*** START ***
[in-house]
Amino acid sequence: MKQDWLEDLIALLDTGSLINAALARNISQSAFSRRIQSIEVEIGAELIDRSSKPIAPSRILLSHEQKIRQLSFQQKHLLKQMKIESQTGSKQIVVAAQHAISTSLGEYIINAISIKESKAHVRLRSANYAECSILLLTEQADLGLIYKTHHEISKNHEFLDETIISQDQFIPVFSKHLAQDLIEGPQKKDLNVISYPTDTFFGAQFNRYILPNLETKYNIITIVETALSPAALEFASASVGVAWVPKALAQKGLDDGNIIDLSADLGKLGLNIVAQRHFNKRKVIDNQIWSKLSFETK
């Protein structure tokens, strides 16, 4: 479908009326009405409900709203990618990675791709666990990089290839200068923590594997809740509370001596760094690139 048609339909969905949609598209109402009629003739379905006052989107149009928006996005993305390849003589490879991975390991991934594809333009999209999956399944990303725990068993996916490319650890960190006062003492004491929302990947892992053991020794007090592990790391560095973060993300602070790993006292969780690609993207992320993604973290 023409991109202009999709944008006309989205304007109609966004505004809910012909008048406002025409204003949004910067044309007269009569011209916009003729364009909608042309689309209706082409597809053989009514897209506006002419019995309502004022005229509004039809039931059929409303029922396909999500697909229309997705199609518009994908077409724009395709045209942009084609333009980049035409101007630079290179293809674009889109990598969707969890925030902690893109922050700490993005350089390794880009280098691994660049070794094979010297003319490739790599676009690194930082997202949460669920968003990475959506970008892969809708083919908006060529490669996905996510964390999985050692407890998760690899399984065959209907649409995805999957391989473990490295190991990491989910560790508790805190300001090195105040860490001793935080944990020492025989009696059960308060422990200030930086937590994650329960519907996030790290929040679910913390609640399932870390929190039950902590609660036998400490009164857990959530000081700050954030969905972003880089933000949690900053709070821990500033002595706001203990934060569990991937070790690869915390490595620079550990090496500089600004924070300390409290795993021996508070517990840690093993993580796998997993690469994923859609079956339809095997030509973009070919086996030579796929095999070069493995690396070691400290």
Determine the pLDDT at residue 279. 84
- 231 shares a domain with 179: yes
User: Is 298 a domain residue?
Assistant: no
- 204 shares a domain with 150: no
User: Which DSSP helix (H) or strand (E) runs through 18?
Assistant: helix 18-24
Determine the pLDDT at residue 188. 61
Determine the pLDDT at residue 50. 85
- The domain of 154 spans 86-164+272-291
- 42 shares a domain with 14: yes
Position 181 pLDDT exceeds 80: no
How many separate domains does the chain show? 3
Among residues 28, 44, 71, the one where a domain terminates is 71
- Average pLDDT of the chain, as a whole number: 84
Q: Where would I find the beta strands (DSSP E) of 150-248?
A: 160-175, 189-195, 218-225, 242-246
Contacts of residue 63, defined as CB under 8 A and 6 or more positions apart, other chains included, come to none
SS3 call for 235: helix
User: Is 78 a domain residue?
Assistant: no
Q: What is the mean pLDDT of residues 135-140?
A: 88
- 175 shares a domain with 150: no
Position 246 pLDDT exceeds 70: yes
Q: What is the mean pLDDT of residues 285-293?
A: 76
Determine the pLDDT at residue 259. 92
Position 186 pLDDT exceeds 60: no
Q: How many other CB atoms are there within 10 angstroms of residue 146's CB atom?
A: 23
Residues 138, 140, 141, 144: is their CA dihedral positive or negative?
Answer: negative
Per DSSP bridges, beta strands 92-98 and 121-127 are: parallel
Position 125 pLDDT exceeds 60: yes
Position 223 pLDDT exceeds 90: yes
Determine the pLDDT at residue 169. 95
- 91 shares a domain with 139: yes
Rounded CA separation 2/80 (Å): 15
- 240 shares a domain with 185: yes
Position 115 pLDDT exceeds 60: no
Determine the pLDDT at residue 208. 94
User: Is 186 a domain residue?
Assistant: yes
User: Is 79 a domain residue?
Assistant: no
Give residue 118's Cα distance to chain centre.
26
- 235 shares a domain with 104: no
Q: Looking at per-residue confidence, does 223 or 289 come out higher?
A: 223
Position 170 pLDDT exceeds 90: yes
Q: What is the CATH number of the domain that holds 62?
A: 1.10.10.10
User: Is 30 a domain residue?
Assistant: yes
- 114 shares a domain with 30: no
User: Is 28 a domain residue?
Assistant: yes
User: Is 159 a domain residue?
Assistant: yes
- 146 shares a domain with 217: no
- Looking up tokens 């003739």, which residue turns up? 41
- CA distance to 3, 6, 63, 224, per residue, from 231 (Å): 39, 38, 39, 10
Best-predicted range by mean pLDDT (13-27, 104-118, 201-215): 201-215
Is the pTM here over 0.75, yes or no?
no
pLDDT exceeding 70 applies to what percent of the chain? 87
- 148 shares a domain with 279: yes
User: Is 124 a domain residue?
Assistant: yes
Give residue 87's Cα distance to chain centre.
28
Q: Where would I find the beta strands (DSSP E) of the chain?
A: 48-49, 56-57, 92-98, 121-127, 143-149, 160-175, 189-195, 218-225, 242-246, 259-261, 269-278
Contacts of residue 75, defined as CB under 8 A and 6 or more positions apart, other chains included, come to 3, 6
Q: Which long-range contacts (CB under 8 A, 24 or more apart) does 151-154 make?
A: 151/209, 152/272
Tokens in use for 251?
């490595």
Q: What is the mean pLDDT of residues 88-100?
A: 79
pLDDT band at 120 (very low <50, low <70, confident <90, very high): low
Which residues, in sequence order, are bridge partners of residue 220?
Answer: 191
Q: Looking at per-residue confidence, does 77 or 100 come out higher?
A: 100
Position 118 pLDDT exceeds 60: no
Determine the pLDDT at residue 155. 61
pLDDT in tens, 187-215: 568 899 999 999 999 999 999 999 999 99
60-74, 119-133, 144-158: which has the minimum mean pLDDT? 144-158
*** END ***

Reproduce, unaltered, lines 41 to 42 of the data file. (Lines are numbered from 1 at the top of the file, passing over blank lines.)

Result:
- 91 shares a domain with 139: yes
Rounded CA separation 2/80 (Å): 15